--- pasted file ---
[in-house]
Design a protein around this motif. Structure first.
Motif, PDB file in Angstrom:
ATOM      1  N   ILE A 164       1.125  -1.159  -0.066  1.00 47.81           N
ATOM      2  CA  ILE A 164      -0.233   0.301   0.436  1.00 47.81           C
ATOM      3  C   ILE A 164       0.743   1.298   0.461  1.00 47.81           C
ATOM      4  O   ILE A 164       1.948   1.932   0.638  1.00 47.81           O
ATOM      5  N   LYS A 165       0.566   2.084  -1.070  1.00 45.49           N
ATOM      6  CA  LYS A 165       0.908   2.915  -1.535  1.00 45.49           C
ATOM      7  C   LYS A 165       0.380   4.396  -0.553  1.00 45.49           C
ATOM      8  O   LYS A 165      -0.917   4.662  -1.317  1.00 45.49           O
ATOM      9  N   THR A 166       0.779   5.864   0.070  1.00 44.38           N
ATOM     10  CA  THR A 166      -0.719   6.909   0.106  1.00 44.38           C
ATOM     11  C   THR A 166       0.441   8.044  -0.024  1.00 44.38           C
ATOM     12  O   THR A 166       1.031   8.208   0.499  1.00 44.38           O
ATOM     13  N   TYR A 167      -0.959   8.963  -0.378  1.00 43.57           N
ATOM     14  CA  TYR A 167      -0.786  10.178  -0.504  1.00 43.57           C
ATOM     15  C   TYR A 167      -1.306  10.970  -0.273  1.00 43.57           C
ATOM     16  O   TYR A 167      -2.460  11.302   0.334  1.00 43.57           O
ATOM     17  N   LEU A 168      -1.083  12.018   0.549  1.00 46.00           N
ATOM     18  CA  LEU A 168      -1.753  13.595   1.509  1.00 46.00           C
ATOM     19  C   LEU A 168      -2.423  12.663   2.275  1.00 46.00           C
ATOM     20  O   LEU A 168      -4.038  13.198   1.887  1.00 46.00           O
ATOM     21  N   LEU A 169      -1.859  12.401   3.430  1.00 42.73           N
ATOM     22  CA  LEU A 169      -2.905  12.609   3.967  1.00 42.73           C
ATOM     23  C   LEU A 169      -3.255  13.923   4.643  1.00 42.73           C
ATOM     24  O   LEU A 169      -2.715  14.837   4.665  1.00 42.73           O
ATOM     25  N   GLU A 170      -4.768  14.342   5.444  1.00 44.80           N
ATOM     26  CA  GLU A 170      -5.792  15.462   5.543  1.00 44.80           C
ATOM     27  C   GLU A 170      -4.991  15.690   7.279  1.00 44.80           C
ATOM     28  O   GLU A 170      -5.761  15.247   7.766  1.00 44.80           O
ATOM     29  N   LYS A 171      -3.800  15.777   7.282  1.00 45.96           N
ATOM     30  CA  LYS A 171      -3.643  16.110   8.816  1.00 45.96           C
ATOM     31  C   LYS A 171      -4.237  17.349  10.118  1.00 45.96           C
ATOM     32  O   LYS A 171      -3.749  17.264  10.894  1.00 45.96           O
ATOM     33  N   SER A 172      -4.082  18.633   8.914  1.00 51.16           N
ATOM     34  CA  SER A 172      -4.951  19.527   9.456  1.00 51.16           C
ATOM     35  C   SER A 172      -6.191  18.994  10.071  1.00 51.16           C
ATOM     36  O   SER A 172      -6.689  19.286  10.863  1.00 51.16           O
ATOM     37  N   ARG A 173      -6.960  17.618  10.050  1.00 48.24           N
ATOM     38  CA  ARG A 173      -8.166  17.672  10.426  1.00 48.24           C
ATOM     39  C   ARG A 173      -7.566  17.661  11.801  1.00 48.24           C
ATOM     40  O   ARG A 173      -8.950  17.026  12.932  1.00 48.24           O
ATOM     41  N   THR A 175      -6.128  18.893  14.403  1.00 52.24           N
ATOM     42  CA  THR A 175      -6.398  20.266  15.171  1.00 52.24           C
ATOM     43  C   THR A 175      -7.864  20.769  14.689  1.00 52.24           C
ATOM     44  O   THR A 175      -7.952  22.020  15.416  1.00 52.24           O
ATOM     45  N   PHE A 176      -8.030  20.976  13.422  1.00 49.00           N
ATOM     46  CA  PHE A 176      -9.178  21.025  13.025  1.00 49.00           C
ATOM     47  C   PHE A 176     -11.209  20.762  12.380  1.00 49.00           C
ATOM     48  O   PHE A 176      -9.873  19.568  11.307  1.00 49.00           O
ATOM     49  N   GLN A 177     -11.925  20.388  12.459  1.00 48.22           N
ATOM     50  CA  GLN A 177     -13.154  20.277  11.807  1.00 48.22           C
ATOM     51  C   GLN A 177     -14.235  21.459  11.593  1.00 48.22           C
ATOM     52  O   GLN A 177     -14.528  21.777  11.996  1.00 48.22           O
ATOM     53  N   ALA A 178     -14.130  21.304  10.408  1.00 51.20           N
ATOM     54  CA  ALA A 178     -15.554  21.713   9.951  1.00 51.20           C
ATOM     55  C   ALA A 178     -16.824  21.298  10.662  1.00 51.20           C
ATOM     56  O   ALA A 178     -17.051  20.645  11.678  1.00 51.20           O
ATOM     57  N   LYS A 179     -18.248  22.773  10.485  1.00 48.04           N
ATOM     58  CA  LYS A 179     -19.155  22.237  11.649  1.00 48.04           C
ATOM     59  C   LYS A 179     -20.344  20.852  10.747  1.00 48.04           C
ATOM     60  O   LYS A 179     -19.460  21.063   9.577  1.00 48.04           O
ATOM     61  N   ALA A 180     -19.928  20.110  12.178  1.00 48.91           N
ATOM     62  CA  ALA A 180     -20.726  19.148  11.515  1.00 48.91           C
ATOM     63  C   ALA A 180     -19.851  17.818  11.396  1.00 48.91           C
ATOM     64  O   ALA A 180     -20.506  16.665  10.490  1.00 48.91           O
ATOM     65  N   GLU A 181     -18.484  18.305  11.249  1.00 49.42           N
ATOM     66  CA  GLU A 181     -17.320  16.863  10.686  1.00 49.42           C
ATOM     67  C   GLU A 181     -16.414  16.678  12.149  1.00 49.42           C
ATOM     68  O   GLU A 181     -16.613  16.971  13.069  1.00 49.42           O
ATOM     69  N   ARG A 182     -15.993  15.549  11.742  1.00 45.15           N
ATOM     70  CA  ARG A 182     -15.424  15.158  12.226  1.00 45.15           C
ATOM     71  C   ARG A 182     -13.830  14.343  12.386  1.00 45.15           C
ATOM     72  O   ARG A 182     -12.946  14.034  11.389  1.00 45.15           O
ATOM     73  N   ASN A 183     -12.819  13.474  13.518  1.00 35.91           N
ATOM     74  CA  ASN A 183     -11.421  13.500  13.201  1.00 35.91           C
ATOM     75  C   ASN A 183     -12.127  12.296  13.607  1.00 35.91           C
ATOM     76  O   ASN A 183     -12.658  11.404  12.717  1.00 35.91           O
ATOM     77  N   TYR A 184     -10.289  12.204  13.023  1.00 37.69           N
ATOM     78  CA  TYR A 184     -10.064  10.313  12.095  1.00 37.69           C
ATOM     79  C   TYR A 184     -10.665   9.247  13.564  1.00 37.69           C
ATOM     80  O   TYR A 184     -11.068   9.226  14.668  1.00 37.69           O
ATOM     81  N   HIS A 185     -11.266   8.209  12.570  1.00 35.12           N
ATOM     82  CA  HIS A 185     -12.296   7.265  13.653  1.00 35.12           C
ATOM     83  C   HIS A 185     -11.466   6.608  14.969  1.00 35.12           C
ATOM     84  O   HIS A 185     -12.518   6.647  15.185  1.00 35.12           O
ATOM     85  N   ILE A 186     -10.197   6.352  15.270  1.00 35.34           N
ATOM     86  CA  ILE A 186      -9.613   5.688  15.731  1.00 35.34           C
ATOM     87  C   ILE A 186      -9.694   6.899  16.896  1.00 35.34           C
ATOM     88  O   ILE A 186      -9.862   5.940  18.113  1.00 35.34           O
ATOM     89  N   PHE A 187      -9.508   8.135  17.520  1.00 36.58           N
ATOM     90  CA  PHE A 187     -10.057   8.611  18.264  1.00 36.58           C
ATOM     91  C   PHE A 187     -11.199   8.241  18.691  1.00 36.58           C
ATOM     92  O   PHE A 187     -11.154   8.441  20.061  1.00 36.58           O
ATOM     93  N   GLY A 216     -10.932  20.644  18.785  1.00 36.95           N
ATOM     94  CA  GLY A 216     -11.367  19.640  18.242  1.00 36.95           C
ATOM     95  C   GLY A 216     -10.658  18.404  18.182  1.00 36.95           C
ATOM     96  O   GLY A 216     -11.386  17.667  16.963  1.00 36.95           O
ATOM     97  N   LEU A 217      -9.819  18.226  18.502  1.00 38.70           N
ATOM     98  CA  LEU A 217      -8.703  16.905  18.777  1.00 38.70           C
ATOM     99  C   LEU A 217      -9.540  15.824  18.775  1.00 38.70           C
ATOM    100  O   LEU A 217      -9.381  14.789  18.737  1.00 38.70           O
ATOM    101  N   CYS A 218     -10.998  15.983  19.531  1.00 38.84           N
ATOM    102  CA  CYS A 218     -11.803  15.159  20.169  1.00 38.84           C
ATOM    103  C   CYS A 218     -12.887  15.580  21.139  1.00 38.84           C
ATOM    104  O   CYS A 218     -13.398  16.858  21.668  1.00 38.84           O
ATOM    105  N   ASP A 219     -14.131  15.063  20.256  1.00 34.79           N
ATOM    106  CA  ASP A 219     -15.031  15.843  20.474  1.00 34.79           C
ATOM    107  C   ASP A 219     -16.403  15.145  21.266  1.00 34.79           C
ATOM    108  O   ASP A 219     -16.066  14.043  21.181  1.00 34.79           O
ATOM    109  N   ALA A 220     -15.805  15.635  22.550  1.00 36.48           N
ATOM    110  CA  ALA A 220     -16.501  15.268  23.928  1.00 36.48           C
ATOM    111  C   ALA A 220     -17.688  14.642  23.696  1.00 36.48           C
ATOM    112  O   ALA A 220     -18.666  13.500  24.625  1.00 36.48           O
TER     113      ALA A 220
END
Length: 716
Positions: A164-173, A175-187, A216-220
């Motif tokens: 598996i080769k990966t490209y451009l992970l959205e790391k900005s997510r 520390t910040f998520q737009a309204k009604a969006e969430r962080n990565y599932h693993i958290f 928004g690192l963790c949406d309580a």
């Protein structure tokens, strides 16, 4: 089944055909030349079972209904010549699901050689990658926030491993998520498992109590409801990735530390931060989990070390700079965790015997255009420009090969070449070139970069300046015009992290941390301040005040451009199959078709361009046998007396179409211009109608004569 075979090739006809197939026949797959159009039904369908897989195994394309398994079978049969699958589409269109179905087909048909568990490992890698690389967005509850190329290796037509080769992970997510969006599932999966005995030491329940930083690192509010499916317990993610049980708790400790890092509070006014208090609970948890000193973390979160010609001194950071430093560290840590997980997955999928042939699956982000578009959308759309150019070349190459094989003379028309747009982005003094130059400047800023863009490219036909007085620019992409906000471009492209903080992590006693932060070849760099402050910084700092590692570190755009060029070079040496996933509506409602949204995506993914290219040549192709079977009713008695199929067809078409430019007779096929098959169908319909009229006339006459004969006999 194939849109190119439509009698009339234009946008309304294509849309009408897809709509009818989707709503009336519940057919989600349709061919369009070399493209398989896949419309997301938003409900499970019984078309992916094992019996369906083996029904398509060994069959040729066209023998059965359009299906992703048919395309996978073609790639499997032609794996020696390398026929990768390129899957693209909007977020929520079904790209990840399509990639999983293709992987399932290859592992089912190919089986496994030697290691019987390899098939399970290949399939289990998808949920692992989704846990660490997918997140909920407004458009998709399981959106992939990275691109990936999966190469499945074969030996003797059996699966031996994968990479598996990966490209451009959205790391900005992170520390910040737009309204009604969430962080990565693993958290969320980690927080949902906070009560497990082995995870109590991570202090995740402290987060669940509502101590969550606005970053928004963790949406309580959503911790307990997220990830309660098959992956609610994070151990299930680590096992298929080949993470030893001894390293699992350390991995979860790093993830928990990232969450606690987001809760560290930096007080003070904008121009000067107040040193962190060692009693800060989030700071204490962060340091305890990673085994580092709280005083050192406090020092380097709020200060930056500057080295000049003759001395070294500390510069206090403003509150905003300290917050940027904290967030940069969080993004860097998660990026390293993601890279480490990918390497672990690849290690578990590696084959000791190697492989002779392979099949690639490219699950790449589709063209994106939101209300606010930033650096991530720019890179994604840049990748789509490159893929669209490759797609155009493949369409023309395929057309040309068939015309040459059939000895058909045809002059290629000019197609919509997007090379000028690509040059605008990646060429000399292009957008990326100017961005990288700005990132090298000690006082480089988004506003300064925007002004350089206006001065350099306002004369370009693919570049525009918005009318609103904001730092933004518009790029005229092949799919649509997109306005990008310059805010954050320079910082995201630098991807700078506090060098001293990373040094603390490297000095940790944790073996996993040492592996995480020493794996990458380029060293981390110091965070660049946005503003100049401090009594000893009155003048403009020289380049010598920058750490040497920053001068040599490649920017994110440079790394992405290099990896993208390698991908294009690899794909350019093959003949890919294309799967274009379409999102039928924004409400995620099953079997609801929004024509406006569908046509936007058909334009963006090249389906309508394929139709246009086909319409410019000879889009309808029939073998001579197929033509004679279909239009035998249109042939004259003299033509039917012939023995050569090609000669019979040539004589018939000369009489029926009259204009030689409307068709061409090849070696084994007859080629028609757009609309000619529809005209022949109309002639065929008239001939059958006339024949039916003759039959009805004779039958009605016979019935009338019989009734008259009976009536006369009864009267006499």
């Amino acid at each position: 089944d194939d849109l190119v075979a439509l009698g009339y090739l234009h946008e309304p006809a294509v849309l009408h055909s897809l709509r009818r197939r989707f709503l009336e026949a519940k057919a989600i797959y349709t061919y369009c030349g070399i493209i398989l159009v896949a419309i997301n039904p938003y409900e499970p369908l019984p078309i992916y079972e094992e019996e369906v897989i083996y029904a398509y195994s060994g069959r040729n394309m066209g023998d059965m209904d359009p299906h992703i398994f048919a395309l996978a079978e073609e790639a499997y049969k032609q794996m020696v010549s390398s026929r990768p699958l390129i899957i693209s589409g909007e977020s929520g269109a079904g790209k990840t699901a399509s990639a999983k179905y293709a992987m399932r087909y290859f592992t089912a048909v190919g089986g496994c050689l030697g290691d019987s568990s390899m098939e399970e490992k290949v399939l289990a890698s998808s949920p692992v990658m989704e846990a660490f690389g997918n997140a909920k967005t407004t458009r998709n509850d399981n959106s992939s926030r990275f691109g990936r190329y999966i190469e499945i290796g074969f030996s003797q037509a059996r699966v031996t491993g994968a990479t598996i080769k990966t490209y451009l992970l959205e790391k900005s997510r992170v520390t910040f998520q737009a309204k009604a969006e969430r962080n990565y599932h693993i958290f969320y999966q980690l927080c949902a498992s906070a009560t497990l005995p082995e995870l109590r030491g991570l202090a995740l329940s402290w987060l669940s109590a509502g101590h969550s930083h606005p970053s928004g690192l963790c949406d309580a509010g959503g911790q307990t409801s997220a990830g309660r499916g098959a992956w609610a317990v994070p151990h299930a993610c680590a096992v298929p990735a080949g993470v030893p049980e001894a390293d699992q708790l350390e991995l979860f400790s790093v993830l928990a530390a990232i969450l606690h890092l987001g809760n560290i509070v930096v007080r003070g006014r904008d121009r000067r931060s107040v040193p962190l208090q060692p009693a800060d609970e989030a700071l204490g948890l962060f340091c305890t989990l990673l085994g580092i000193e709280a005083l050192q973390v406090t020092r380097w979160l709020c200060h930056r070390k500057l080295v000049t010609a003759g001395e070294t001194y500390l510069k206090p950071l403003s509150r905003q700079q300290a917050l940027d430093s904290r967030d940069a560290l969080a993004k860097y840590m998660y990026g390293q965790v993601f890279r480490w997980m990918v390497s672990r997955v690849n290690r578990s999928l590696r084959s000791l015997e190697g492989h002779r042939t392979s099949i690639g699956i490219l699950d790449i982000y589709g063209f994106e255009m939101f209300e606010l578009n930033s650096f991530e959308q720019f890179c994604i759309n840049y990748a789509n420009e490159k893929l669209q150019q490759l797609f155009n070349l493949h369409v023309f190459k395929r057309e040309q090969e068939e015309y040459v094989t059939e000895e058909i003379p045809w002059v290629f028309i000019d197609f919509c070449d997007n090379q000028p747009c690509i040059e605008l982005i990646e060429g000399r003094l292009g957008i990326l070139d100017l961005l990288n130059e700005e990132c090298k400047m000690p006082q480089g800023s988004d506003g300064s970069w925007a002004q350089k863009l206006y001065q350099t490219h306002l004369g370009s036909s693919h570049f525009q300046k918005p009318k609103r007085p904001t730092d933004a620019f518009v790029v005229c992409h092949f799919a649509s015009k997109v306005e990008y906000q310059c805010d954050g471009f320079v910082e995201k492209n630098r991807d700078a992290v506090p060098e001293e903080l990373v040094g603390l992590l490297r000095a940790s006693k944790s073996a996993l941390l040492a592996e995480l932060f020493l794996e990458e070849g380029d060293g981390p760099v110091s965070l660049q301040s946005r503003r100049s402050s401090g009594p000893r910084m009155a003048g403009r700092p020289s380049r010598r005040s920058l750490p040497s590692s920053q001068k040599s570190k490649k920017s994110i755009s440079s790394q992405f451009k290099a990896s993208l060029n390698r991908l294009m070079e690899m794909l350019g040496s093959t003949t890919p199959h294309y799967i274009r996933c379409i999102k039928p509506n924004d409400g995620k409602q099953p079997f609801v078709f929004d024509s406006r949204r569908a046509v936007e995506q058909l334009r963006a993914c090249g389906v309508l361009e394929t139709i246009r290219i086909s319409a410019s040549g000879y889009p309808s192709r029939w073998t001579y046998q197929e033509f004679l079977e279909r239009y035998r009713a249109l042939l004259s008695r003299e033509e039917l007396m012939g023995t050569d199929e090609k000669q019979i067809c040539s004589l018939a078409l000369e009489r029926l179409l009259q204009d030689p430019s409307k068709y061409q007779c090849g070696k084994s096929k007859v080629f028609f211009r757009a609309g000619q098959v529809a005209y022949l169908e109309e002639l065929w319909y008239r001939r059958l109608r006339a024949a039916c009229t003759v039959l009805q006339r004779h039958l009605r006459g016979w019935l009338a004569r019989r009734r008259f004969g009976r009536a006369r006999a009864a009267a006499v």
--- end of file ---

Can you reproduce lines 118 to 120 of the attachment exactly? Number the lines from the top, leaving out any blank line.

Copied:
Length: 716
Positions: A164-173, A175-187, A216-220
């Motif tokens: 598996i080769k990966t490209y451009l992970l959205e790391k900005s997510r 520390t910040f998520q737009a309204k009604a969006e969430r962080n990565y599932h693993i958290f 928004g690192l963790c949406d309580a």